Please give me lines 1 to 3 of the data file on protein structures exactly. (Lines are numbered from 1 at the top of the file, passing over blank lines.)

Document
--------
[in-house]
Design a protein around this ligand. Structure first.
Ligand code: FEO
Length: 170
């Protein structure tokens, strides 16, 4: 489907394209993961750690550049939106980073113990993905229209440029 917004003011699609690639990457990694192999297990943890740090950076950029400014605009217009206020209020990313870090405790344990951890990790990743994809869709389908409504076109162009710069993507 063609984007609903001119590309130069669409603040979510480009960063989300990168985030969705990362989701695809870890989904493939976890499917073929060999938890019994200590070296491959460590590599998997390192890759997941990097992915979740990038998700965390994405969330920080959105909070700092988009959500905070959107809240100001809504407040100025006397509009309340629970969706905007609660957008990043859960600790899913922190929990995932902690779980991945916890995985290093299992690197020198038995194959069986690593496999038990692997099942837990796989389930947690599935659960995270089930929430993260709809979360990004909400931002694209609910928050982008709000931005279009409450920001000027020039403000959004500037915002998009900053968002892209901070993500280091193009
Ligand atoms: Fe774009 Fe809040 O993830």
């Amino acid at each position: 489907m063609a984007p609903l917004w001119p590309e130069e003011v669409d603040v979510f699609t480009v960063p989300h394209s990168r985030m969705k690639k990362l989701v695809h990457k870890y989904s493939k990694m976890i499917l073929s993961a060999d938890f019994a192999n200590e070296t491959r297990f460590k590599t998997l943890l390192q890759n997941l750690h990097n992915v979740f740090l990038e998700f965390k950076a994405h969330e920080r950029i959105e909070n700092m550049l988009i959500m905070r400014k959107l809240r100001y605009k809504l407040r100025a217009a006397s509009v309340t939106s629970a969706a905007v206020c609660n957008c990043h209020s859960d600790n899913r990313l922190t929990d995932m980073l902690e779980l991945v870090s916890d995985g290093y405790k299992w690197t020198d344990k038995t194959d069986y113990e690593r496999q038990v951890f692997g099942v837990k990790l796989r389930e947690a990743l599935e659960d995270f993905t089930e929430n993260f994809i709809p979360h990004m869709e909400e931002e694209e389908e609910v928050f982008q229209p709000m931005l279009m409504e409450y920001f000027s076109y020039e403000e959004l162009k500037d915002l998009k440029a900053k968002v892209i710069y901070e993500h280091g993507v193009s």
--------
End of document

[in-house]
Design a protein around this ligand. Structure first.
Ligand code: FEO